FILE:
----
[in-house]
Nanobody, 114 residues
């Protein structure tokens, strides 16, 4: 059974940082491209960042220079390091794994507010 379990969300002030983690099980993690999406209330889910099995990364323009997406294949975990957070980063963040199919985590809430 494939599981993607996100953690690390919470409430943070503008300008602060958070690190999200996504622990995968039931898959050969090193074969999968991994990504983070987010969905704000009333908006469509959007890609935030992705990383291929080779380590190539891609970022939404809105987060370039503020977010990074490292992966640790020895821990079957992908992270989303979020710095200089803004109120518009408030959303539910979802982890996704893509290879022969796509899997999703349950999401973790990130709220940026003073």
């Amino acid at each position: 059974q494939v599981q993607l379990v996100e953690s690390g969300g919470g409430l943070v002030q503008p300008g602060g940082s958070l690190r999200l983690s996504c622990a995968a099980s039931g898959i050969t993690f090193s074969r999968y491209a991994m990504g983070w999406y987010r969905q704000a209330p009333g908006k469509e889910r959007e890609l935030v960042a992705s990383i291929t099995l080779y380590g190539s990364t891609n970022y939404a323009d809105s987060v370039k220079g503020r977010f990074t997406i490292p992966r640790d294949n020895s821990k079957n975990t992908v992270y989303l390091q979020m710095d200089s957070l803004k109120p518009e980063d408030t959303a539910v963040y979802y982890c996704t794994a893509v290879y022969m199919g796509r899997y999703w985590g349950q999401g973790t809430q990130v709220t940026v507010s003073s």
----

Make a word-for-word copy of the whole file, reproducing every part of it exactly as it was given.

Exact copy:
[in-house]
Nanobody, 114 residues
């Protein structure tokens, strides 16, 4: 059974940082491209960042220079390091794994507010 379990969300002030983690099980993690999406209330889910099995990364323009997406294949975990957070980063963040199919985590809430 494939599981993607996100953690690390919470409430943070503008300008602060958070690190999200996504622990995968039931898959050969090193074969999968991994990504983070987010969905704000009333908006469509959007890609935030992705990383291929080779380590190539891609970022939404809105987060370039503020977010990074490292992966640790020895821990079957992908992270989303979020710095200089803004109120518009408030959303539910979802982890996704893509290879022969796509899997999703349950999401973790990130709220940026003073």
């Amino acid at each position: 059974q494939v599981q993607l379990v996100e953690s690390g969300g919470g409430l943070v002030q503008p300008g602060g940082s958070l690190r999200l983690s996504c622990a995968a099980s039931g898959i050969t993690f090193s074969r999968y491209a991994m990504g983070w999406y987010r969905q704000a209330p009333g908006k469509e889910r959007e890609l935030v960042a992705s990383i291929t099995l080779y380590g190539s990364t891609n970022y939404a323009d809105s987060v370039k220079g503020r977010f990074t997406i490292p992966r640790d294949n020895s821990k079957n975990t992908v992270y989303l390091q979020m710095d200089s957070l803004k109120p518009e980063d408030t959303a539910v963040y979802y982890c996704t794994a893509v290879y022969m199919g796509r899997y999703w985590g349950q999401g973790t809430q990130v709220t940026v507010s003073s």